One area of interest is how we indicate that we are being sarcastic without outright saying #sarcasm (which, after all, would defeat the point of being sarcastic). In speech, sarcasm is conveyed through tone of voice and facial expressions: in written text, we need a way to signify these additional meanings, without explicitly stating that we’re making a joke. While many options have been officially suggested, these don’t tend to stick. One that has is the sarcasm tilde (~), which McCulloch argues derives from the mid-2000s days of MySpace ‘sparkle punctuation’, where users used punctuation marks for aesthetic purposes. Now, using ~ in a message indicates that it isn’t serious, which we then, based on context, can interpret as irony or sarcasm: McCulloch calls this ‘sparkle sarcasm’. The sarcasm tilde also can also be seen as a literal representation of the way in which your tone rises and falls when being sarcastic.
|A Tumblr post from 2016|
Ironic emphasis is also an interesting area to examine. The Tumblr post above, a screenshot from 2016, shows just some of the ways in which emphasis was conveyed. Unexpected capital letters, spacing out letters, using hashtags or TM are all used by the author to add emphasis.
However, it is interesting to note that the rest of this sentence is devoid of punctuation: there is no full stop, ‘tumblr’ is uncapitalized, and neither is ‘i’ at the beginning of the sentence. McCulloch calls this lack of punctuation ‘minimalist typography’ and discusses how this is used to convey tone of voice, particularly in the current era of smartphones. With predictive text, writing a sentence without capitalising the first word, or even writing ‘i’ requires extra effort: even while writing this post, my word processor automatically capitalises a single i, and I have to go back to retype it. This extra effort conveys meaning to the reader through absence: the capital letters in an otherwise uncapitalized sentence indicates that the author has used these typographic forms for some specific reason. McCulloch describes minimalist punctuation as “an open canvas, inviting you to fill in the gaps”.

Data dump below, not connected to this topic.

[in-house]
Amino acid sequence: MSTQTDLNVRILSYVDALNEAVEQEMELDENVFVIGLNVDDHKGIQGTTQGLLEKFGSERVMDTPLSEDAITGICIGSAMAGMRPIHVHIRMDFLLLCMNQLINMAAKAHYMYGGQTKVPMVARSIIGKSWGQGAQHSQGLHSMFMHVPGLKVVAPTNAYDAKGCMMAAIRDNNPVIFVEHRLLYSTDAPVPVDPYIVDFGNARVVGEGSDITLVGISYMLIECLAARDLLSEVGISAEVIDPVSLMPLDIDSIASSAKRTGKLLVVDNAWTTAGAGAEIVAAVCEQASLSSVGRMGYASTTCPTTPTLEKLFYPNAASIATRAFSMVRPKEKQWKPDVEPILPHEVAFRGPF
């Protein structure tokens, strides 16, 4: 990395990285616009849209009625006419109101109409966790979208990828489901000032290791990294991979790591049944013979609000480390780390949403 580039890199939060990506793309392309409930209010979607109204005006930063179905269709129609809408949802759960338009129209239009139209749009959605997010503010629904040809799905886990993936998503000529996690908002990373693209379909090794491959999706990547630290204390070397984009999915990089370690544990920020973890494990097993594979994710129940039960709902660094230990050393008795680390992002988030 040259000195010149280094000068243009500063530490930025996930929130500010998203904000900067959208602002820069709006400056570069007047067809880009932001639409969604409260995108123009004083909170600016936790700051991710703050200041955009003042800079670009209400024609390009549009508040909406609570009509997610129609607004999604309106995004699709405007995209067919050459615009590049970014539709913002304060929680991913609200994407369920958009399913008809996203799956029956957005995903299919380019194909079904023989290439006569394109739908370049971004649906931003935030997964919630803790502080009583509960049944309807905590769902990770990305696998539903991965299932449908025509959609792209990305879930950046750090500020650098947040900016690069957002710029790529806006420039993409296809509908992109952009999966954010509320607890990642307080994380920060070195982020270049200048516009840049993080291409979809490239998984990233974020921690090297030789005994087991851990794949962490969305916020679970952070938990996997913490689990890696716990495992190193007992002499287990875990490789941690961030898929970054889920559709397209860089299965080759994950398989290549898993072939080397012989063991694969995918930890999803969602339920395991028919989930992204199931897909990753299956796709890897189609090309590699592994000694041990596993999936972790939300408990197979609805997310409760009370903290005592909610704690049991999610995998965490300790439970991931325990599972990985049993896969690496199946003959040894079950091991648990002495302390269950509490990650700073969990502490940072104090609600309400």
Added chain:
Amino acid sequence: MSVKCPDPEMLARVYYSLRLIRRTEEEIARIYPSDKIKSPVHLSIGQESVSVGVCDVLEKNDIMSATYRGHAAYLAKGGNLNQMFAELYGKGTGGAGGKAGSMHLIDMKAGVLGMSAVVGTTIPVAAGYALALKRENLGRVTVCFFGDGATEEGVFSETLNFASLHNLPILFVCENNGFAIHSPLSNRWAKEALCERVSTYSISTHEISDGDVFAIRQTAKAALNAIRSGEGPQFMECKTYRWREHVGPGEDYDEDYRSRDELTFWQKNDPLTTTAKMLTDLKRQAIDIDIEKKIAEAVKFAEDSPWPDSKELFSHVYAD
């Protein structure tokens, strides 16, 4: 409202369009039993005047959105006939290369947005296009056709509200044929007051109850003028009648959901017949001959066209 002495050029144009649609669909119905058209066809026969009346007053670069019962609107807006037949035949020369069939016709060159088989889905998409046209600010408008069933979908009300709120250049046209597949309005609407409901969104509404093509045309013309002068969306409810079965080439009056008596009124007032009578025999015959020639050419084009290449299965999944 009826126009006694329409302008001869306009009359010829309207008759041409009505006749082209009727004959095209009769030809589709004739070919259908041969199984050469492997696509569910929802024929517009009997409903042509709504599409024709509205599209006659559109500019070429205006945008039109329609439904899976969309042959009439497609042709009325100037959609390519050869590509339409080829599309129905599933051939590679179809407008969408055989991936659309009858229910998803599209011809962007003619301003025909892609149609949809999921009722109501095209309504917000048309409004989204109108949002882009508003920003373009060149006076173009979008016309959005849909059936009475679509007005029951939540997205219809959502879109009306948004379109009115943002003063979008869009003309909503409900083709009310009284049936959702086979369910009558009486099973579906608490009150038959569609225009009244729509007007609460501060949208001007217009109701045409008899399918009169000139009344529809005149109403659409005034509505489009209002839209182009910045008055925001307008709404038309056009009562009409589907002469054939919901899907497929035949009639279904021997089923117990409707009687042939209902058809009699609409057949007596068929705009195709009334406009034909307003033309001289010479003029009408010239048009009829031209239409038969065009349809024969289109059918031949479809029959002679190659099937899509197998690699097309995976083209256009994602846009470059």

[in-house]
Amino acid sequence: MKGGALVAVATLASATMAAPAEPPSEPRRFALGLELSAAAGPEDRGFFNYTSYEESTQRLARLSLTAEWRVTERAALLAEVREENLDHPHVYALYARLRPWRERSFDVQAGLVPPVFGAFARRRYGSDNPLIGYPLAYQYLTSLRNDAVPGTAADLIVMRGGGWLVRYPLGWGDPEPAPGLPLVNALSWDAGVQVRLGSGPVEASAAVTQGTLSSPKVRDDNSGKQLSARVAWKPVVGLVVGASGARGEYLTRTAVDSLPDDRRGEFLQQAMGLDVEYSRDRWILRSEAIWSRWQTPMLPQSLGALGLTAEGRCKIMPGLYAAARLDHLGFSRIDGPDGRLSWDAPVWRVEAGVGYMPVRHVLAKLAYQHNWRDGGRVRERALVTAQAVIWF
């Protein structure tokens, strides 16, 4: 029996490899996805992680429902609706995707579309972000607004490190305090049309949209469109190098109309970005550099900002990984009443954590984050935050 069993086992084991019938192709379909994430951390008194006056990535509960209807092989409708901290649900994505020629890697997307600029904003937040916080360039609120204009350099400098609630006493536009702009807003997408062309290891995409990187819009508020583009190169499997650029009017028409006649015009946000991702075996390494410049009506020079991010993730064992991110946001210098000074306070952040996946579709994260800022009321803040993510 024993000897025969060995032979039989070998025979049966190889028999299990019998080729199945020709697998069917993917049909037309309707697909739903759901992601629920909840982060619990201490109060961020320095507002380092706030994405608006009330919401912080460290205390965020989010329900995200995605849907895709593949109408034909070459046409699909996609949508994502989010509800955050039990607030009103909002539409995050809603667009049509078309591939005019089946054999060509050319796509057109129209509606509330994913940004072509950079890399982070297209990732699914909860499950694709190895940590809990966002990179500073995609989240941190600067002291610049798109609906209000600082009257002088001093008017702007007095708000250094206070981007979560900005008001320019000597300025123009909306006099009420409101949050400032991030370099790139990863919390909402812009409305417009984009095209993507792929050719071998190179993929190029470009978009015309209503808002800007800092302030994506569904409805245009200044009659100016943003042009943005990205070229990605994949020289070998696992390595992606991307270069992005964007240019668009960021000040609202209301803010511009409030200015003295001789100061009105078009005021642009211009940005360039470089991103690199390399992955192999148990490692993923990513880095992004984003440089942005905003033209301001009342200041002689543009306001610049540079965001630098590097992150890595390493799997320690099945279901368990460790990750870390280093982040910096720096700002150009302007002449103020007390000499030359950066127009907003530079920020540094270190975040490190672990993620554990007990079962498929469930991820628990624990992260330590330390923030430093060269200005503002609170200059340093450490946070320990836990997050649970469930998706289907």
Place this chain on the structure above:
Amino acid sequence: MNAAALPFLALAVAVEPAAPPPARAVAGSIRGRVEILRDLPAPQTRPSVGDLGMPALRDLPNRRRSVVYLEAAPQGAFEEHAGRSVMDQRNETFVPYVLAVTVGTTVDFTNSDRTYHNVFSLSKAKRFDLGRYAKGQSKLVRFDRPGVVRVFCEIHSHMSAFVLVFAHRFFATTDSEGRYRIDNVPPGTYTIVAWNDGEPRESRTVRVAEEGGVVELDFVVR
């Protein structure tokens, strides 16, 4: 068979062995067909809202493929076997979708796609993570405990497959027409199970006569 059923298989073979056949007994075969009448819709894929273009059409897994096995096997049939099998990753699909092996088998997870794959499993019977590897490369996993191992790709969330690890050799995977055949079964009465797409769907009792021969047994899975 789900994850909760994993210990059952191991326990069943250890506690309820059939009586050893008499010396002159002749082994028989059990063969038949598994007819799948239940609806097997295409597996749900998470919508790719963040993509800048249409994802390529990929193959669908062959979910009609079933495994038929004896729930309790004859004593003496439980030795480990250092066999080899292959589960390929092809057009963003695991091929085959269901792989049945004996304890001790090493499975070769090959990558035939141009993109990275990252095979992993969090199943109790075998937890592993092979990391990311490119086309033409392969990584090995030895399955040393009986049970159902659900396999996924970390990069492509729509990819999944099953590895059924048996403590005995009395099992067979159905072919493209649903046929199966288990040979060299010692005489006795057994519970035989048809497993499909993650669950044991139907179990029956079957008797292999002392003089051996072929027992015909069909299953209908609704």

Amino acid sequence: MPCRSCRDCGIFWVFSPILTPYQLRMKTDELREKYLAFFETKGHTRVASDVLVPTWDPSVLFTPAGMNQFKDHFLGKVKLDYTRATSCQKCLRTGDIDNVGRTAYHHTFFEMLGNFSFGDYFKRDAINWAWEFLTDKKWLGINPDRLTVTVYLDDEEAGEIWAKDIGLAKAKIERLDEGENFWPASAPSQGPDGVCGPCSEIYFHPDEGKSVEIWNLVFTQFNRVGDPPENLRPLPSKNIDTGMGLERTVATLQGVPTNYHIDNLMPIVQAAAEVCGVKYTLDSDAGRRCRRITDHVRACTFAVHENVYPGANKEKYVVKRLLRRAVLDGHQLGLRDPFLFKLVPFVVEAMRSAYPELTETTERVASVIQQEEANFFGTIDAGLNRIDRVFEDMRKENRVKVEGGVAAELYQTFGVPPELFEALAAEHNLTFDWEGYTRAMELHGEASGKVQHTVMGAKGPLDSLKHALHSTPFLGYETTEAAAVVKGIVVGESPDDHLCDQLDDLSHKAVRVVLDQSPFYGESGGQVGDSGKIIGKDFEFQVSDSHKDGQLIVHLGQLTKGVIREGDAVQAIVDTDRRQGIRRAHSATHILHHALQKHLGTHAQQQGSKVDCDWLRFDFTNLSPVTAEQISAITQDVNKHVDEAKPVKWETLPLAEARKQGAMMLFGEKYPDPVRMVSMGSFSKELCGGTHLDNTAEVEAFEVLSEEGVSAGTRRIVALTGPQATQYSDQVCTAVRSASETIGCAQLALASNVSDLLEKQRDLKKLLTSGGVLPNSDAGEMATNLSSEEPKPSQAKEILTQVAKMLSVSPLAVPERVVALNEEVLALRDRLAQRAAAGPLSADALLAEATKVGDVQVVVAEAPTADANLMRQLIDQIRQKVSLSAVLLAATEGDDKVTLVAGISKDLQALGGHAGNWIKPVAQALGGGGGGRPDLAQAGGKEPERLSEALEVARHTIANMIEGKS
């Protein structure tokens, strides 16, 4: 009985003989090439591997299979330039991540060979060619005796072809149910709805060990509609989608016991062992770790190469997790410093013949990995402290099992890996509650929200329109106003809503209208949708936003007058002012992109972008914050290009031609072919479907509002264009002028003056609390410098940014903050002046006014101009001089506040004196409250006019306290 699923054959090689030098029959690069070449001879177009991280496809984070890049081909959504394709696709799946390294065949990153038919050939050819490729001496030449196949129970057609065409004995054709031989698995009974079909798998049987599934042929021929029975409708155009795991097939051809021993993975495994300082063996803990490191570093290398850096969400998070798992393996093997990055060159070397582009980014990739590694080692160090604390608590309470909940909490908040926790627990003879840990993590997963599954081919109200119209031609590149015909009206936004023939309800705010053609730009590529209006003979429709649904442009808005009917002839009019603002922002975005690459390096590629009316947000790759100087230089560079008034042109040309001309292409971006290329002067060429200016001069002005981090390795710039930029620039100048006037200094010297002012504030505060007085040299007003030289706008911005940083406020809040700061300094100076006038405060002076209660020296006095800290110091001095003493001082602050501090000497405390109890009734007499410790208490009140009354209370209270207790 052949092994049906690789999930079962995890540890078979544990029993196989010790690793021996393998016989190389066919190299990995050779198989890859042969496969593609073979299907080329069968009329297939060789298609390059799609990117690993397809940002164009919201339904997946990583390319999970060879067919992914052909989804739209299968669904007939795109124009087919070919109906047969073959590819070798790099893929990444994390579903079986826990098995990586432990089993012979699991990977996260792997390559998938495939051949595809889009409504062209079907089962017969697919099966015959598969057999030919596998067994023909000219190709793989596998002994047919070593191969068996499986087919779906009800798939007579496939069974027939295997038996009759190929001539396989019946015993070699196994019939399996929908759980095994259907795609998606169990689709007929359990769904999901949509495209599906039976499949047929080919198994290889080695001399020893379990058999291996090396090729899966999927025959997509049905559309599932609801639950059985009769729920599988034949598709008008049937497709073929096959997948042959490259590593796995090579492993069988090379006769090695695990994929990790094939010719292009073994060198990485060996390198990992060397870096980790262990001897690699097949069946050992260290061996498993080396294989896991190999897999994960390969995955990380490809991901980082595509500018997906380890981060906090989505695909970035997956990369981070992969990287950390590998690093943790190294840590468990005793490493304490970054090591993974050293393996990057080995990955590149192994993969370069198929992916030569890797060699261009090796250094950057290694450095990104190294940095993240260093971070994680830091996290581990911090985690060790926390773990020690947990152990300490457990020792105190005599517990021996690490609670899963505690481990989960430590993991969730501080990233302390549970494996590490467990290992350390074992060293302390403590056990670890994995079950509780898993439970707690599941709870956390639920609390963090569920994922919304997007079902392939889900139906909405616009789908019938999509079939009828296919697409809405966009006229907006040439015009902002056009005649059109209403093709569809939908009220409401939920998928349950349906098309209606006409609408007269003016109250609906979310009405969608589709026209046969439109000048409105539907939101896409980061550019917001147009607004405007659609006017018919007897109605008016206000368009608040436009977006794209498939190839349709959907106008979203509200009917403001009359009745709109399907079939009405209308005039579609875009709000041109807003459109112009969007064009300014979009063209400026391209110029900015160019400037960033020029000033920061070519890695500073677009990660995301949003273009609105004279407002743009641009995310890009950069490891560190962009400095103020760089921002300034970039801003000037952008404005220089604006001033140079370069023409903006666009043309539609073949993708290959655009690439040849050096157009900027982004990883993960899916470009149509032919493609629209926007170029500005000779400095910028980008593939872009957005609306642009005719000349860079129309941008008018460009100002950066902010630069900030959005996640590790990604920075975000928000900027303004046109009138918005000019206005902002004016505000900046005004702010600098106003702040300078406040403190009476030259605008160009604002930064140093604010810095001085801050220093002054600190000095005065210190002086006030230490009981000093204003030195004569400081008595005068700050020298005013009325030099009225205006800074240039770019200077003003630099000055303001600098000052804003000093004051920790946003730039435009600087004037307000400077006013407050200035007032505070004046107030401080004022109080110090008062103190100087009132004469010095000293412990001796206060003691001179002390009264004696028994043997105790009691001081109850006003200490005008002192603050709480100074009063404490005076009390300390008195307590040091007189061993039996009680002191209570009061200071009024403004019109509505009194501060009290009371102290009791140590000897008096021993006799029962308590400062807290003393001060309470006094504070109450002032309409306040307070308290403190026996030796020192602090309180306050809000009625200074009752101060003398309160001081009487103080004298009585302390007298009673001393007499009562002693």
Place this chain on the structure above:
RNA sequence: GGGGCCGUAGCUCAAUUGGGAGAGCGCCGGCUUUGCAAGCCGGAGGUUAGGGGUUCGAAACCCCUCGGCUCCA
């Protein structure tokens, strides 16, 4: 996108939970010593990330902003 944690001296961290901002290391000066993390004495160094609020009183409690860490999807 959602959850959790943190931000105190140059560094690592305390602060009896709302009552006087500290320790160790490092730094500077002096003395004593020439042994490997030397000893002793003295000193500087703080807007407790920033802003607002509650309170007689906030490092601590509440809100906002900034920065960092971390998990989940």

These are just some of the ways in which we reflect our tone in typed speech, from caps lock, to passive aggressive punctuation. Given the developments that have occurred in the last twenty years alone, it is highly likely that these conventions will continue to change, and generations to come will develop their own conventions for irony, passive aggression, and humour. Because Internet is a fascinating snapshot of how language is being used on the internet currently, and I do recommend it as an enjoyable and interesting read.------------------------------------------------------------
McCulloch, Gretchen. 2019. Because Internet: Understanding the New Rules of Language. New York: Riverhead Books.
This summary was written by Rhona Graham
(a) wen mi ier di bap bap, mi drap a groun an den
when I heard the bap bap [the shots], I fell to the ground and then
mi staat ron.
I started to run.
(b) When I heard the shot (bap, bap), I drop the gun, and then I run.
|Is accent bias decreasing or is this just 'age-grading'?|
|Degree of expertise and accent rating|
|More prejudiced listeners were more likely to downrate all of the accents|